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Ron Hextall: We’ll look at every position to make ourselves more competitive

The Penguins’ GM spoke to the media as the first day of NHL free agency concluded.

2021 NHL Draft - Round One
Director of Player Personnel Chris Pryor (L) and general manager Ron Hextall (R) of the Pittsburgh Penguins attend the first round of the 2021 NHL Entry Draft at PPG Paints Arena on July 23, 2021.
Photo by Ryan Yorgen/NHLI via Getty Images

The Pittsburgh Penguins entered Free Agent Frenzy 2021 exactly how they said they would.

General manager Ron Hextall publicly laid out his offseason plans by stating that his team were not going to be big-money players on day one. And that remained true.

The team’s “biggest” signing thus far is the addition of former Carolina Hurricane, Brock McGinn, a gritty bottom-six winger whose penalty-killing abilities and tenacious play will help fill the void left by Brandon Tanev’s departure.

In addition to this move, the team brought back beloved forward, Dominik Simon, on a one-year deal, as well as announced the signing of collegiate netminder, Filip Lindberg.

After the dust settled on a wild first day of free agency, Hextall met with the media to discuss the signings and his outlook on the rest of the offseason.

He opened up his presser by detailing what McGinn will bring to the team:

Again, McGinn isn’t the flashiest player, but that’s not what Hextall and co. brought him in for. He fills a need, albeit one I don’t personally see a ton of value in, but management clearly wanted someone on the lower lines to bring physicality and energy.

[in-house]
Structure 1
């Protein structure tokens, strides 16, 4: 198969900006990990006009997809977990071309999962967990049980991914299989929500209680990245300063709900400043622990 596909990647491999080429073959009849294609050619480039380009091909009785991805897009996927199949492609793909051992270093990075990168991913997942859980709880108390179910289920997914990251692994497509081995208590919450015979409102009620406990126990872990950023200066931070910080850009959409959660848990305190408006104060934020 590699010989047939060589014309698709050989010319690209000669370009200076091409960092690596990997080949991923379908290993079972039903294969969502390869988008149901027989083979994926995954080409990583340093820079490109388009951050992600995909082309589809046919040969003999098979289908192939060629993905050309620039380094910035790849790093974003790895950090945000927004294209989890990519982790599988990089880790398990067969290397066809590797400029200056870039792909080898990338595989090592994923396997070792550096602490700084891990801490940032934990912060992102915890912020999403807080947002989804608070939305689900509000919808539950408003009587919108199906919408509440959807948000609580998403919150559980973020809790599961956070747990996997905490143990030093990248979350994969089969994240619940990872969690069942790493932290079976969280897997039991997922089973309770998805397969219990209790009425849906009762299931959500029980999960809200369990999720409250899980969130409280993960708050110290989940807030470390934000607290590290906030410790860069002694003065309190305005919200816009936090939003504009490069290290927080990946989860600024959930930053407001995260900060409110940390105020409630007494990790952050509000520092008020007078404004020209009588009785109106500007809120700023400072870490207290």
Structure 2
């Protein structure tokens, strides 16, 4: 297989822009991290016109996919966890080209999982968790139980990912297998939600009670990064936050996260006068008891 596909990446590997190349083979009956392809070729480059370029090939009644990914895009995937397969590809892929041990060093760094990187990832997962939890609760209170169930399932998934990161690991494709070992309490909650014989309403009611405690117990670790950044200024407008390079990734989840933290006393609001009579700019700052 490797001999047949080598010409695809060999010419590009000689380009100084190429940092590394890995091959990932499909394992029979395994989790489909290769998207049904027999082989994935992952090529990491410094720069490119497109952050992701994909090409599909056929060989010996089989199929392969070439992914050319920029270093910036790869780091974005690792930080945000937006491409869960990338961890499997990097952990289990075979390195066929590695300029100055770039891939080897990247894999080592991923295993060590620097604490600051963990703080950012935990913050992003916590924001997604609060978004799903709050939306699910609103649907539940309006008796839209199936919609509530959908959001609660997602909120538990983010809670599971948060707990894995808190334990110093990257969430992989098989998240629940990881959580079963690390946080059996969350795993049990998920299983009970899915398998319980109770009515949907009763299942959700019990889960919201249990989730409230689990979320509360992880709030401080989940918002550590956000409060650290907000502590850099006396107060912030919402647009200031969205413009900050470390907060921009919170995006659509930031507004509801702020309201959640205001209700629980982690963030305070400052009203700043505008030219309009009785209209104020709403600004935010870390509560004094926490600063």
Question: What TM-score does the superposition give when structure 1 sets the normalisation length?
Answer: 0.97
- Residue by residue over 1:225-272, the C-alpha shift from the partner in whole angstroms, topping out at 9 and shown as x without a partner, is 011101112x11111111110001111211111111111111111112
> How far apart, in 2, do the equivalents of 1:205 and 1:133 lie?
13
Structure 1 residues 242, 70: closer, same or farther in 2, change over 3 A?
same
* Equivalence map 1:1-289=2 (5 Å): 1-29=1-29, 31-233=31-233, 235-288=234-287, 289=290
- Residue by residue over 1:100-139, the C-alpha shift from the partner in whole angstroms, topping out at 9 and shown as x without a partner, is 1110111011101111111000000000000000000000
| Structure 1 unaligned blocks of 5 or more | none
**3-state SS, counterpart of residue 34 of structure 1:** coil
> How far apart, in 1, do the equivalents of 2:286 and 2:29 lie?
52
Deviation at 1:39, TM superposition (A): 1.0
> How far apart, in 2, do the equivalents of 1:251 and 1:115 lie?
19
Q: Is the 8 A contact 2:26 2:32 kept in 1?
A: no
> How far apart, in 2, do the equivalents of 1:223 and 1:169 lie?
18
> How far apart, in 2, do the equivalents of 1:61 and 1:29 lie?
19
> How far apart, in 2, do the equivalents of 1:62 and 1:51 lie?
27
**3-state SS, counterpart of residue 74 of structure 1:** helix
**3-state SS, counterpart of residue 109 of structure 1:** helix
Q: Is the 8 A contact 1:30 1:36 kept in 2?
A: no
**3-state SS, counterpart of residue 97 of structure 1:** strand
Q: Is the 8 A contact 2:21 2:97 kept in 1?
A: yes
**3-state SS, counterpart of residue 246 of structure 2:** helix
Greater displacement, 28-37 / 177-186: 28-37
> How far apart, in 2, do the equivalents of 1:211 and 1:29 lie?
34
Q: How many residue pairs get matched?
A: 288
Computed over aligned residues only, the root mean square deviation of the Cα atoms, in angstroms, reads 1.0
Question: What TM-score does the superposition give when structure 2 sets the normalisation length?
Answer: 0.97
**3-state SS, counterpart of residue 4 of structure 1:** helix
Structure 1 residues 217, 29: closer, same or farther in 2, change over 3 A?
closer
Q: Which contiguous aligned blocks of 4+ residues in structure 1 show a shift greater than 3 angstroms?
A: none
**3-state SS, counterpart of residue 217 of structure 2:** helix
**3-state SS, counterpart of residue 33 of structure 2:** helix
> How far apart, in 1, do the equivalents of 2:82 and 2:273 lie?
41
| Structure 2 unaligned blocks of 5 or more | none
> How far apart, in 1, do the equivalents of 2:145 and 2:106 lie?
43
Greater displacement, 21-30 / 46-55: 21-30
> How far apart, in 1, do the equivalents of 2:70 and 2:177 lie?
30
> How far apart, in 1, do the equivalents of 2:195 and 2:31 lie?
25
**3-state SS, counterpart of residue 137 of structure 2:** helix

As things stand now, the Penguins currently have an estimated $3.6 million in salary cap space. Judging by Hextall’s tone of voice and the slightly ambiguous answers he gave, don’t be surprised if/when more player(s) are moved to create more space.

Penguins Twitter was over the moon to see Simon return to the black-and-gold. Hextall’s comments seem to indicate that Simon’s spot in the lineup is no lock. At worst, Simon is adequate organizational forward depth. No need to lose your head over this signing.

Good for Cody Ceci to cash in on what was a bounce-back season for the 27-year-old blueliner. No way Pittsburgh could match what the Edmonton Oilers gave him.

Zach Aston-Reese’s contract may be a bit trickier to navigate because he now has arbitration rights. My best estimated guess is that he receives a two-year deal at $1.8 million per season.

Radim Zohorna, on the other hand, has no real leverage for his contract negotiation. Expect to see a two-way deal for under a million dollars.

This second quote on the Tristan Jarry—Casey DeSmith tandem is sure to go over well with the fanbase. Sure, Hextall “anticipates” them being back, but he also said that he would look at “every position” to make his club the most competitive it can be. Could Jarry and DeSmith return? Absolutely. Would it make the Penguins a better team? Probably not.

The negotiations surrounding Evgeni Malkin, Kris Letang, and Bryan Rust are soon to be on the docket. Sidney Crosby and his longtime teammates have all expressed the desire to finish their careers in Pittsburgh. Add in the surefire support from the likes of Mario Lemieux, and it becomes a matter of when, not if, for #58 and #71.

Bryan Rust’s next contract becomes, maybe, the biggest question mark of the three players here. Our own Robbie Naugle tackled this subject a little while back.

And finally, I’ll leave you all with this:

The dream is still alive... even if it may be on life support.